Tornado's 1st-year team bowling over competition
Eagle Sports Editor
BUTLER TWP — With eight career perfect games and sporting a 198 average at age 69, Bill Fay knows a thing or two about bowling.
Apparently, his Butler High team does as well.
The Golden Tornado are a first-year entrant in the 45-team Western Pennsylvania Interscholastic Bowling League and have wasted little time making an impact.
"I've known a lot of these kids from coaching on Saturday mornings for the past 10 years," Fay said. "I enjoy working with the kids, so I told the school I'd be interested in coaching their bowling team here."
It's been a good fit so far.
Jim Hepler and Karen Marcellus are Fay's assistant coaches, and the Butler boys and girls varsity teams entered Wednesday's match at Shaler with just one loss between them.
Seniors Derick Hahn and John Ewing have the second- and third-highest boys averages in their section at 199 and 193, respectively. Boys team captain and senior Dalton Monaco also is in the top 10 with a 185.
The girls squad, which is ranked fourth in the WPIBL, is even more impressive. After North Allegheny's Ryanne Tyler's section-leading 192 average, Butler's Hope Griffith (191), Nicole Balk (173), Autumn Hepler (167), Ashley Hevesy (164), Alisha Fisher (163) and Brea Suchonic (163) are next in line in the section's individual average standings.
The Tornado, who call Family Bowlaway home, bowl in a section with Shaler, North Allegheny, North Hills, Mars and Karns City.
"A lot of those girls work at the bowling alley and have been involved in bowling for a long time," Coach Hepler said. "Nicole Balk bowls six times a week."
Fay and Hepler bowl together in an adult league, worked together with the Butler County Bowling Association in helping with the state tournament here in 1994 and 2004 and attended a bowling coaching class together in Baltimore recently.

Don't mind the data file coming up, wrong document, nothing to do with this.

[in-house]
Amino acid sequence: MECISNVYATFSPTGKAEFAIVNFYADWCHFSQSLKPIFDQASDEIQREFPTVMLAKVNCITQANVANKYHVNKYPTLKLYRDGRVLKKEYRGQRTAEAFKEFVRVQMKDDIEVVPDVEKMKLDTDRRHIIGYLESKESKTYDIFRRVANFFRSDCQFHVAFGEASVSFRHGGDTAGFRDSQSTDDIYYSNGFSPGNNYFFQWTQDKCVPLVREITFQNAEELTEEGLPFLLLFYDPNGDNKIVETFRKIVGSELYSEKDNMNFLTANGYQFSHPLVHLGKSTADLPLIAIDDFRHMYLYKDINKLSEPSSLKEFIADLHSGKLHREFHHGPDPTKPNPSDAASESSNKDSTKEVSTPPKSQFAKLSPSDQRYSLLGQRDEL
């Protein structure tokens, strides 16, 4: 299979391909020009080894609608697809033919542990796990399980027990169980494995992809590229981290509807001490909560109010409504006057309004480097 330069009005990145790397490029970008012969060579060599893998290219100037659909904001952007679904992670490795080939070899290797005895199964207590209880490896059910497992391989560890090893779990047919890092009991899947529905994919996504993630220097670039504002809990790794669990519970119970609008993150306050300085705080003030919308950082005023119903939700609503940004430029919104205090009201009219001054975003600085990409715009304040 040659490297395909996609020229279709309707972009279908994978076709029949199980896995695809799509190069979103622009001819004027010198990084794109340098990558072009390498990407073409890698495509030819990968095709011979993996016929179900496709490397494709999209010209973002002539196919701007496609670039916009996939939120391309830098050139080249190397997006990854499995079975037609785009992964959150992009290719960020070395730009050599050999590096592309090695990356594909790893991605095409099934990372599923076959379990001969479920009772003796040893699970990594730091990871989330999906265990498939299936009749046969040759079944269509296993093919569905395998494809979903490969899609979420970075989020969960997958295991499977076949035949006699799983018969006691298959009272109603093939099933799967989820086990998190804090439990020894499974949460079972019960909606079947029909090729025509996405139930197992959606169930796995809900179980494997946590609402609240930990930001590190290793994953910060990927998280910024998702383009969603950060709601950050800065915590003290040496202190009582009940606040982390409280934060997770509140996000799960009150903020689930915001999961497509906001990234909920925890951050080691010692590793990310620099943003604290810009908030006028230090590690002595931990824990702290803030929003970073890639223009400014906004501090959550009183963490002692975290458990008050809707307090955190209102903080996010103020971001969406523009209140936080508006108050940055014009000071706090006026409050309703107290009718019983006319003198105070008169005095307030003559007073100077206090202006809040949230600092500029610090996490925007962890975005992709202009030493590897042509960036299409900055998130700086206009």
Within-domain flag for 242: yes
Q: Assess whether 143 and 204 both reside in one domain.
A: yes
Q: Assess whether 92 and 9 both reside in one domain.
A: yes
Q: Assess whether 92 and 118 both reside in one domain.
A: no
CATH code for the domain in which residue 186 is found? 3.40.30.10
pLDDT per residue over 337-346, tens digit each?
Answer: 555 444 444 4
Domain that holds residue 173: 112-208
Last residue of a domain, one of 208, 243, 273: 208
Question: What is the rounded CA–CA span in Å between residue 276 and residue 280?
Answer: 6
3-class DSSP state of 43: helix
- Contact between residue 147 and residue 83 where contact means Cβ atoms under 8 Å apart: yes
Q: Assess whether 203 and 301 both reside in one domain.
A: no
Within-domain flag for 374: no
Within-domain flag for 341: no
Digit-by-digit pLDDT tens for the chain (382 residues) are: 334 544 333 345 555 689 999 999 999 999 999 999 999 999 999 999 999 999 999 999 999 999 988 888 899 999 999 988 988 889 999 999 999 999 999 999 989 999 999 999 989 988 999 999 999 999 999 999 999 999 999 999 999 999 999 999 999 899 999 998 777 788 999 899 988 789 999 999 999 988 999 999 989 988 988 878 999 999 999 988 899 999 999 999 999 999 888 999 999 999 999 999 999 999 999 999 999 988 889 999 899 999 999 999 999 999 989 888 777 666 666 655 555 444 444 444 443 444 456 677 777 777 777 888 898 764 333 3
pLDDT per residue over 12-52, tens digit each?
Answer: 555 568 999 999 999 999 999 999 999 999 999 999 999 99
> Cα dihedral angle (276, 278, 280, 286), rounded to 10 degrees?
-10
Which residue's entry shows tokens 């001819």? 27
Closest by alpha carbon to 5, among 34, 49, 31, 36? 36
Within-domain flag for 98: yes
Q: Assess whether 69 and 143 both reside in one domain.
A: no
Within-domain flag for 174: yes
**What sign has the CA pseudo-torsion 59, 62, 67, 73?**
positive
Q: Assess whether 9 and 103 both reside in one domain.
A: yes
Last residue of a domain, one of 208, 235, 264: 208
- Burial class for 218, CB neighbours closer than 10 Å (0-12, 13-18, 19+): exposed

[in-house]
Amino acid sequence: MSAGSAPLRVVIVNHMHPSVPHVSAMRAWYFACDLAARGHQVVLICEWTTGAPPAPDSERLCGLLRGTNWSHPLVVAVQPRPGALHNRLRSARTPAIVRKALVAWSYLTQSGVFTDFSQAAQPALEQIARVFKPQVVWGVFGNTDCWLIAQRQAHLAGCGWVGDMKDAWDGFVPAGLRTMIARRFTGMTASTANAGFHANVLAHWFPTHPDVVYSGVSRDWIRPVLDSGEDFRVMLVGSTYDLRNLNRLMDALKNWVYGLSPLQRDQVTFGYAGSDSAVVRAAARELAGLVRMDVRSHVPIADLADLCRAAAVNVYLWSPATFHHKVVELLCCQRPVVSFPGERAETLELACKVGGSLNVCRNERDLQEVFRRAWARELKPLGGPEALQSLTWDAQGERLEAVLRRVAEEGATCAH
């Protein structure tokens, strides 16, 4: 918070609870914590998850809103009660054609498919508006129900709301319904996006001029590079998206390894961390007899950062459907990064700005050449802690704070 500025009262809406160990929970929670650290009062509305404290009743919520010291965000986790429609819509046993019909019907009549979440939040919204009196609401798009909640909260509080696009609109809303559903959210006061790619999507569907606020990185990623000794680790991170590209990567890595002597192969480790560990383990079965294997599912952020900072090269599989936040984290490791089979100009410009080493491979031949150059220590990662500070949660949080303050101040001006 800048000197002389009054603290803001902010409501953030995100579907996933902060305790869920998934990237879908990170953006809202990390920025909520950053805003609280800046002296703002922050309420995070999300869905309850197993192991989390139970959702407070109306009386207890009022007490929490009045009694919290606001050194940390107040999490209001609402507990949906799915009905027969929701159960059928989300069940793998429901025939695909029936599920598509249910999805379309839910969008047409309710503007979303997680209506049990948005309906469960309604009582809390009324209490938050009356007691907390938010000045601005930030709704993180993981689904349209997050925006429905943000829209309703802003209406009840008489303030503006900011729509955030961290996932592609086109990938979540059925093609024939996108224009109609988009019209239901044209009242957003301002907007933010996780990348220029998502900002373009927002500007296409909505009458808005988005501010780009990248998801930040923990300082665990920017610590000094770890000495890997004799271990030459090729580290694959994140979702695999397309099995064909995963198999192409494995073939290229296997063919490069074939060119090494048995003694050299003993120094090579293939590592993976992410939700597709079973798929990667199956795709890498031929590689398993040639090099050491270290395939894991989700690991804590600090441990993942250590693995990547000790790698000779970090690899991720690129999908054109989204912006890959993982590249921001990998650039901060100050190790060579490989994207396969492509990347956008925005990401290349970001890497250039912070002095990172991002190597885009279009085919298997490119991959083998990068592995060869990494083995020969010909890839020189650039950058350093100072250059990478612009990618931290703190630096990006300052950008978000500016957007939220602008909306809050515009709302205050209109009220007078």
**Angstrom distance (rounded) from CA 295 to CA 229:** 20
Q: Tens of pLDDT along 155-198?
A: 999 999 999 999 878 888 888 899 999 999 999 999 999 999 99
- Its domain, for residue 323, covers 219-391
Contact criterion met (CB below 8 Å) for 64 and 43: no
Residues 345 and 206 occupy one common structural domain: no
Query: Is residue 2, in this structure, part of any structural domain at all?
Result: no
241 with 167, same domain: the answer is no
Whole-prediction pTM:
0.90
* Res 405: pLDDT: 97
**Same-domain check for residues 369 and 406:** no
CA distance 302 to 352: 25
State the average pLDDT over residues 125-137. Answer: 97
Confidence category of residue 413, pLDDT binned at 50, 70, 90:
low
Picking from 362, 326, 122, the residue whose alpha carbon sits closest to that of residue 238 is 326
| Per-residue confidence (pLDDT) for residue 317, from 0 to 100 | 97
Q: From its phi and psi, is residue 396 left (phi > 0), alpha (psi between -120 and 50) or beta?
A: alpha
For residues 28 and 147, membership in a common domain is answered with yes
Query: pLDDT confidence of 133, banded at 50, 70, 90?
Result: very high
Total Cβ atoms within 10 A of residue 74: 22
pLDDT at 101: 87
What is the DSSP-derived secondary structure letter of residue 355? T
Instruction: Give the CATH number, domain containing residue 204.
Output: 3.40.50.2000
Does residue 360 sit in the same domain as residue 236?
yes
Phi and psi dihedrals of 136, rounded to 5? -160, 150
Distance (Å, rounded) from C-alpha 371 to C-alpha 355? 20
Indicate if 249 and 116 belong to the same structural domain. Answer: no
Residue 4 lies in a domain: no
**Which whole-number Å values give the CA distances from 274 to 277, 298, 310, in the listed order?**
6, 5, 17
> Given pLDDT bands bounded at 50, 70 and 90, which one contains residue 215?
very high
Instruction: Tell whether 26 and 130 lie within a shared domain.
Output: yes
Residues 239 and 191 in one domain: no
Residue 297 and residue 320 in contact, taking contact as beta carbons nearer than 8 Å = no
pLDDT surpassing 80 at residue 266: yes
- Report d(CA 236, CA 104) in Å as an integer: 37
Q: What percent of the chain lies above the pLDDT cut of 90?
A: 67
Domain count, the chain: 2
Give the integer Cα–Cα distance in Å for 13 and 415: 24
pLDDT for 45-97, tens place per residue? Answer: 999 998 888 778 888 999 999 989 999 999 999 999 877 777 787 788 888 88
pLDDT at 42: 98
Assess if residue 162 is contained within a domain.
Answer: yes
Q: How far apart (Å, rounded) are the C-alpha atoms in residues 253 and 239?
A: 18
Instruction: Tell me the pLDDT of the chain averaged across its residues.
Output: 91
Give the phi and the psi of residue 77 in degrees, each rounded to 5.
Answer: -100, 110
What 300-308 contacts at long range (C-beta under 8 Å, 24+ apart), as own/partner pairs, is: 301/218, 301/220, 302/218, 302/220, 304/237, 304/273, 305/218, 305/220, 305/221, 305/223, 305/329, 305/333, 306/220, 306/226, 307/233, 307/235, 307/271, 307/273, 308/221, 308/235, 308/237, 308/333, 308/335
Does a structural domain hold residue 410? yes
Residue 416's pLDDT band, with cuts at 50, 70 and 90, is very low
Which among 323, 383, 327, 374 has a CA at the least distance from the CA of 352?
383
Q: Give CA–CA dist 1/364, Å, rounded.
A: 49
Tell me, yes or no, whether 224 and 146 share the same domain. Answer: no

Fay has been a bowler since 1964 and said he learned "a lot of the little things" about coaching the sport during those classes.
"Moving side to side, the delivery of the ball, the fit of the ball — there are plenty of ways to coach a bowler to be better," Fay said. "Some of our kids didn't even have their own ball when they tried out for the team."
Butler kept all 12 girls who tried out and 15 of the 25 boys. The coaches conducted a nine-game tryout session and kept the top 15 averages from those games.
The girls averages in tryouts ranged from Griffith's 190 to first-year bowler Brittney Buzard's 121. The lowest boys average to make the team was 154.
Also a track-and-field participant, Buzard went bowling with friends one New Year's Eve and decided to give the sport a try when she learned Butler was putting a high school team together.
"My friends talked me into it," Buzard said. "But I like it. Going around to different places and seeing other teams, meeting other kids — it's nice."
Griffith, a senior, has been bowling since age 5. Doug Mason has been her longtime coach on Saturday mornings and she recently received a letter from Ursuline (Ohio) College about a possible bowling scholarship.
"I definitely want to bowl in college. I'd love to turn pro some day," Griffith said. "I've been around the game since I was little. I wish our school had put a team together earlier, but I'm glad it's here now."
Griffith is captain of the girls team. Boys captain Monaco has been bowling only since age 13.
"They had intramural bowling after school in junior high and that's where I started," he said. "I never had a coach or anything. I've been able to figure out what works best for me in my approach. It's sort of been a natural thing."
Butler practices every Monday and has matches on Wednesdays. Monaco also bowls in a club two days a week and in a junior league on Saturdays.
"I probably bowl 15 to 20 games a week," he said. "I love it."
Fay averaged as high as 212 in his bowling career and turned in an 843 series at Sherwood Lanes last year.
Working with first-year bowlers, collegiate or pro prospects make no difference to him.
"The bottom line is they're all great kids and I'm happy to help them out," Fay said.